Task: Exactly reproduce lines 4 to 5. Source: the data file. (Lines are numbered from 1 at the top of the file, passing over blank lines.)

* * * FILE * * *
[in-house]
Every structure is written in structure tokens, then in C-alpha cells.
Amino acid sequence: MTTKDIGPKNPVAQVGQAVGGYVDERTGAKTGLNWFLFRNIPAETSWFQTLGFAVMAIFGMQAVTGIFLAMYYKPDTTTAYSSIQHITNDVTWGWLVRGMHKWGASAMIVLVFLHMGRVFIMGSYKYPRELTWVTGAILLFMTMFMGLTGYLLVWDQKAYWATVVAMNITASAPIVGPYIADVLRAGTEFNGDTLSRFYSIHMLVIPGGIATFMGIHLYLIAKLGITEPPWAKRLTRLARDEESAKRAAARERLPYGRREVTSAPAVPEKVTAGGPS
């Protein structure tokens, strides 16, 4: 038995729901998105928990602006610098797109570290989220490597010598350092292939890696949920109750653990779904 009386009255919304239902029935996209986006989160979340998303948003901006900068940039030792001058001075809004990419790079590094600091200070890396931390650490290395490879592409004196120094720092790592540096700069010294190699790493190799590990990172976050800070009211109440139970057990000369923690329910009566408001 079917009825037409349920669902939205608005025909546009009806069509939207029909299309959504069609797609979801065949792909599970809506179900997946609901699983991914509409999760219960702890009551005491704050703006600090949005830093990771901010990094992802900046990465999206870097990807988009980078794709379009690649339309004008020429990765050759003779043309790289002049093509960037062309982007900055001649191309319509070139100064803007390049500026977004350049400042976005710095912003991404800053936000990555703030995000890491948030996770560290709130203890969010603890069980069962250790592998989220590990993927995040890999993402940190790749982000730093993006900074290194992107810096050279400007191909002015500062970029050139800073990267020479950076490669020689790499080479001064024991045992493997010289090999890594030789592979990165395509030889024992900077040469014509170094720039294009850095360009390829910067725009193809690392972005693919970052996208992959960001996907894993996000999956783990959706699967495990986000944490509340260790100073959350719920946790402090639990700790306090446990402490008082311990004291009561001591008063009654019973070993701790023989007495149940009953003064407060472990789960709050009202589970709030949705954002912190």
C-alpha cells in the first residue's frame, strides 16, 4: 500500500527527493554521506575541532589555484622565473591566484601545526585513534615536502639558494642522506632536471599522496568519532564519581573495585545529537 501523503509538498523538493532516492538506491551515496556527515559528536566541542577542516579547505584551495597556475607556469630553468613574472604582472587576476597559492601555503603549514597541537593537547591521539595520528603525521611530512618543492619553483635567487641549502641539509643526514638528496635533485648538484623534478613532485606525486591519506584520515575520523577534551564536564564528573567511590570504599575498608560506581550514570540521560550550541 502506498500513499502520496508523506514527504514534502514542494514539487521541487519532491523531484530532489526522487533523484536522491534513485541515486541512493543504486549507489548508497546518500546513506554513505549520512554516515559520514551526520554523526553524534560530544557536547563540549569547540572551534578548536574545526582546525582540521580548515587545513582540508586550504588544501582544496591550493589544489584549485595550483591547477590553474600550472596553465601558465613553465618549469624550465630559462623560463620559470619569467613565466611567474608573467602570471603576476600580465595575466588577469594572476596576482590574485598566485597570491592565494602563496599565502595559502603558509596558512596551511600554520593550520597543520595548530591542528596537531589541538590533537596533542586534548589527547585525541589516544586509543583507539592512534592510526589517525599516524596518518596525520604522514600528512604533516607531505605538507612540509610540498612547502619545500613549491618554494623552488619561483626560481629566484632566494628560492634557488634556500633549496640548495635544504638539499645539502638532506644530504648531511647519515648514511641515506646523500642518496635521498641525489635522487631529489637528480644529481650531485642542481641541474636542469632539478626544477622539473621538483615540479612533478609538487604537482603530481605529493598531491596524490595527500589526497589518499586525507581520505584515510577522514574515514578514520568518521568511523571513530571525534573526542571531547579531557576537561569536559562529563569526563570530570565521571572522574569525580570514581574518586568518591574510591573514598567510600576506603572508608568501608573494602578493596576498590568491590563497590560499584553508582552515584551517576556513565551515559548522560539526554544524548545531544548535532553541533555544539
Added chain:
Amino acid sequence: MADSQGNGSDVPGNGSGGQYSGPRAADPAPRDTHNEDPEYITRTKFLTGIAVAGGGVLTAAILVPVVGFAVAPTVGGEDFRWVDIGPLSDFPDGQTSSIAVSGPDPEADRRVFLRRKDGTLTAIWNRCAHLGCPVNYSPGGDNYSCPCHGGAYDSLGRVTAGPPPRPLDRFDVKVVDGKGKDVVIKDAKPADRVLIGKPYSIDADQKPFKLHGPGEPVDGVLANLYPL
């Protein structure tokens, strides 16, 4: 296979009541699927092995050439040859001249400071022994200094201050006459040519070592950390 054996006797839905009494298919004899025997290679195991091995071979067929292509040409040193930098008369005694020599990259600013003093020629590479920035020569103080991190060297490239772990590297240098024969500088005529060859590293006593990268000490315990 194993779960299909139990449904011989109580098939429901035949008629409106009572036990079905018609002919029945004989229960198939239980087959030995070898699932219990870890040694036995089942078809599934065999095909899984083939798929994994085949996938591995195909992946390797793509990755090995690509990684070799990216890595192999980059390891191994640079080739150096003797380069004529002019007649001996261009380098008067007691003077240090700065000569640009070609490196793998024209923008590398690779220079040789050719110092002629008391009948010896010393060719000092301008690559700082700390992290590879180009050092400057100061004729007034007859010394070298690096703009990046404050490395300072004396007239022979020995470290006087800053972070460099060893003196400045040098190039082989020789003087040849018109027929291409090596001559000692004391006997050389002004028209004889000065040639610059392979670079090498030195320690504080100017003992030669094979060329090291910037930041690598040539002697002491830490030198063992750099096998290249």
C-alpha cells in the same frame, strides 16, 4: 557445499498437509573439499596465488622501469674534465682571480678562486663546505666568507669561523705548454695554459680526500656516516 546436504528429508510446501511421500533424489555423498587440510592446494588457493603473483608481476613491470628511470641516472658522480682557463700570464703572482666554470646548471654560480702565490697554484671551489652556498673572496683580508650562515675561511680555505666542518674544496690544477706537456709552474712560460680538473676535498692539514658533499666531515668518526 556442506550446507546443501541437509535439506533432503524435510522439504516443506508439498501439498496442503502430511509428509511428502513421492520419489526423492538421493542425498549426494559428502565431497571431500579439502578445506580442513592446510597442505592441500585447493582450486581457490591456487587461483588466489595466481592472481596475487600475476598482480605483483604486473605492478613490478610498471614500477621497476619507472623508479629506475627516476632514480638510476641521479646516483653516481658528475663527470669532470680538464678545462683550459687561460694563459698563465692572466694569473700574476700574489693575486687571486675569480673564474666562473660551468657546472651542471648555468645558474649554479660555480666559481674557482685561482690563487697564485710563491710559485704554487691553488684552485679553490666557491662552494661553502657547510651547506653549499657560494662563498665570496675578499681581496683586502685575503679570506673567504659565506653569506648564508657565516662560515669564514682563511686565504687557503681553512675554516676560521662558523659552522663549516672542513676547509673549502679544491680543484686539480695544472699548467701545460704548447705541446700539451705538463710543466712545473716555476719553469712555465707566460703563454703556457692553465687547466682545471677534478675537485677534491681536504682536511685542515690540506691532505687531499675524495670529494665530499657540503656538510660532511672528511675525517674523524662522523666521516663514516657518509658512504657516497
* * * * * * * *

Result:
């Protein structure tokens, strides 16, 4: 038995729901998105928990602006610098797109570290989220490597010598350092292939890696949920109750653990779904 009386009255919304239902029935996209986006989160979340998303948003901006900068940039030792001058001075809004990419790079590094600091200070890396931390650490290395490879592409004196120094720092790592540096700069010294190699790493190799590990990172976050800070009211109440139970057990000369923690329910009566408001 079917009825037409349920669902939205608005025909546009009806069509939207029909299309959504069609797609979801065949792909599970809506179900997946609901699983991914509409999760219960702890009551005491704050703006600090949005830093990771901010990094992802900046990465999206870097990807988009980078794709379009690649339309004008020429990765050759003779043309790289002049093509960037062309982007900055001649191309319509070139100064803007390049500026977004350049400042976005710095912003991404800053936000990555703030995000890491948030996770560290709130203890969010603890069980069962250790592998989220590990993927995040890999993402940190790749982000730093993006900074290194992107810096050279400007191909002015500062970029050139800073990267020479950076490669020689790499080479001064024991045992493997010289090999890594030789592979990165395509030889024992900077040469014509170094720039294009850095360009390829910067725009193809690392972005693919970052996208992959960001996907894993996000999956783990959706699967495990986000944490509340260790100073959350719920946790402090639990700790306090446990402490008082311990004291009561001591008063009654019973070993701790023989007495149940009953003064407060472990789960709050009202589970709030949705954002912190």
C-alpha cells in the first residue's frame, strides 16, 4: 500500500527527493554521506575541532589555484622565473591566484601545526585513534615536502639558494642522506632536471599522496568519532564519581573495585545529537 501523503509538498523538493532516492538506491551515496556527515559528536566541542577542516579547505584551495597556475607556469630553468613574472604582472587576476597559492601555503603549514597541537593537547591521539595520528603525521611530512618543492619553483635567487641549502641539509643526514638528496635533485648538484623534478613532485606525486591519506584520515575520523577534551564536564564528573567511590570504599575498608560506581550514570540521560550550541 502506498500513499502520496508523506514527504514534502514542494514539487521541487519532491523531484530532489526522487533523484536522491534513485541515486541512493543504486549507489548508497546518500546513506554513505549520512554516515559520514551526520554523526553524534560530544557536547563540549569547540572551534578548536574545526582546525582540521580548515587545513582540508586550504588544501582544496591550493589544489584549485595550483591547477590553474600550472596553465601558465613553465618549469624550465630559462623560463620559470619569467613565466611567474608573467602570471603576476600580465595575466588577469594572476596576482590574485598566485597570491592565494602563496599565502595559502603558509596558512596551511600554520593550520597543520595548530591542528596537531589541538590533537596533542586534548589527547585525541589516544586509543583507539592512534592510526589517525599516524596518518596525520604522514600528512604533516607531505605538507612540509610540498612547502619545500613549491618554494623552488619561483626560481629566484632566494628560492634557488634556500633549496640548495635544504638539499645539502638532506644530504648531511647519515648514511641515506646523500642518496635521498641525489635522487631529489637528480644529481650531485642542481641541474636542469632539478626544477622539473621538483615540479612533478609538487604537482603530481605529493598531491596524490595527500589526497589518499586525507581520505584515510577522514574515514578514520568518521568511523571513530571525534573526542571531547579531557576537561569536559562529563569526563570530570565521571572522574569525580570514581574518586568518591574510591573514598567510600576506603572508608568501608573494602578493596576498590568491590563497590560499584553508582552515584551517576556513565551515559548522560539526554544524548545531544548535532553541533555544539